How I Learned To Live Drama-Free

I used to be a person who created uproar. Not intentionally–in fact, nine times out of ten I did not realize that I was doing it. I would always wonder why I could not get away from so much turmoil. Everywhere I turned was a  problem. I changed friends, jobs, schools, partners, homes, cars, cities, states…you name it, I tried to change it. Unfortunately, I created even more upheaval with every external change, never at peace.

There came a day when I finally realized that I WAS the drama. From the way I responded to people to the way I approached any given situation, I actively produced the drama that I claimed to hate so much. When I admitted to myself that I was the problem, I set about fixing it. The process was really easy–on paper. But the more I practiced these tips I am sharing with you, the less drama I experienced. Here’s what I did:

  • I stopped responding to stupid situations. I often stirred up foolishness just by responding to another fool. There are lots of people out there who are addicted to drama and they tend to be attracted to each other. The second I stopped reacting, these kinds of people lost interest in me.
  • I stopped expecting anything from anyone other than the Lord. Say what you will, but to me the number one cause of drama  is expecting things from others. When I stopped waiting angrily and anxiously and painfully for reciprocation, accomodation, care, concern, and help from people, I stopped being angry, anxious, and pained. I relaxed in the knowledge that good would find me, and that life would miss me with all the negativity.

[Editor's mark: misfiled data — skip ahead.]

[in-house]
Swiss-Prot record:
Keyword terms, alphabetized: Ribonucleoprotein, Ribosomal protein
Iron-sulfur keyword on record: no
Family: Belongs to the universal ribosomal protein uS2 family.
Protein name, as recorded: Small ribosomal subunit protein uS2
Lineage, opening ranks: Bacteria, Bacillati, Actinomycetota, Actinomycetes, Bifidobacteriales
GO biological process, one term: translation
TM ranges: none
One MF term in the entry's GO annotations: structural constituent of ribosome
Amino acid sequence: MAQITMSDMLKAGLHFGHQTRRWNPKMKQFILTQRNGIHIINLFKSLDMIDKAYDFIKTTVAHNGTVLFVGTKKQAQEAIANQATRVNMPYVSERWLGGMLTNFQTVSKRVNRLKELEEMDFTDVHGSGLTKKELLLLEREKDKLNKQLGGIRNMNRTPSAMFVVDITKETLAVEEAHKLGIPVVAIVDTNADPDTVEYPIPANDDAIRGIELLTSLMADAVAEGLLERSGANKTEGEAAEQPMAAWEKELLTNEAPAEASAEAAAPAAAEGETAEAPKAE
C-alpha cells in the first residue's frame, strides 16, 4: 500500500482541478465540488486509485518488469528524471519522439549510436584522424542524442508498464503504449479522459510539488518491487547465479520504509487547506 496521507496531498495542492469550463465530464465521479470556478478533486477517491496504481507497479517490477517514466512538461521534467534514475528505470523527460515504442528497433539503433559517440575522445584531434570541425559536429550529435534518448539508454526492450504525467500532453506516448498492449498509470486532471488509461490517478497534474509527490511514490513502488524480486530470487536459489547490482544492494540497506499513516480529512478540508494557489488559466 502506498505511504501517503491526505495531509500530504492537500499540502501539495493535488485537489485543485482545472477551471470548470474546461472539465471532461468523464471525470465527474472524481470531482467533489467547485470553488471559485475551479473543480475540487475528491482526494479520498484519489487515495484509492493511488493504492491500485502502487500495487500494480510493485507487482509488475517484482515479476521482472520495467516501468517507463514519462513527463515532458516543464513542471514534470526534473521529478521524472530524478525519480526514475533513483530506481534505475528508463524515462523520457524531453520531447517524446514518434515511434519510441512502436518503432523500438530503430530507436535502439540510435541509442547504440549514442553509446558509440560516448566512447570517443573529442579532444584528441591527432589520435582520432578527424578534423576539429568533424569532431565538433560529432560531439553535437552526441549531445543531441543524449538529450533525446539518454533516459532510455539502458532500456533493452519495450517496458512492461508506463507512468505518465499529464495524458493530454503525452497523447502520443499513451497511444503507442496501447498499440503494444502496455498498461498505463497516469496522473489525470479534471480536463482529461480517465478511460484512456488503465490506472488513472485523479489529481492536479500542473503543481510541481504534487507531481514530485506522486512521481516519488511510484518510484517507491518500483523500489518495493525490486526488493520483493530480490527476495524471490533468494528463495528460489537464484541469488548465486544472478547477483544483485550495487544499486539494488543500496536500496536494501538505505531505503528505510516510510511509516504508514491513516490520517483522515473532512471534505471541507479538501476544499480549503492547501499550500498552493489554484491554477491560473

• I started to be as kind as possible to whomever crossed my path. Mind you, I did not become a total doormat or anything. I simply actively did the nice thing whenever the option presented itself–you know, simple stuff like holding doors, picking up things people dropped, smiling at cashiers, letting folks go ahead of me in traffic, sparking up conversations in line at Wal-Mart… that kind of thing. It helped me create a pleasant atmosphere and preempt the negativity that seems to hover around folks these days.
  • I learned to say no. There is no worse drama than the drama of trying to fulfill everybody else’s expectations. I am most crabby when I have bitten off more than I can chew, when people are pulling at me and causing me to not take care of myself. I have learned to respect my own limits. People did not like it at first, but I think everybody appreciates me more now; my contributions have value because I take my time–and I am no longer selling myself cheap.

It is God’s desire that you live in peace. But you have to actively choose it by finding out for yourself what brings you turmoil. As you start this week, ask God to reveal to you how you are standing in the way of being at peace. Work on adding one good habit for every bad one and watch the drama come to an end. If it worked for me, I know it can also work for you.

God bless–and be drama free!

3 Comments

  1. Hey, I really enjoyed this post and could relate to a lot of it! I cause so much of my own drama t’s just ridiculous. My big one is procrastination where I’m always rushing around in a near state of panic trying to get things done I’ve know about for weeks (or ahem, like a year in the case of filing taxes).

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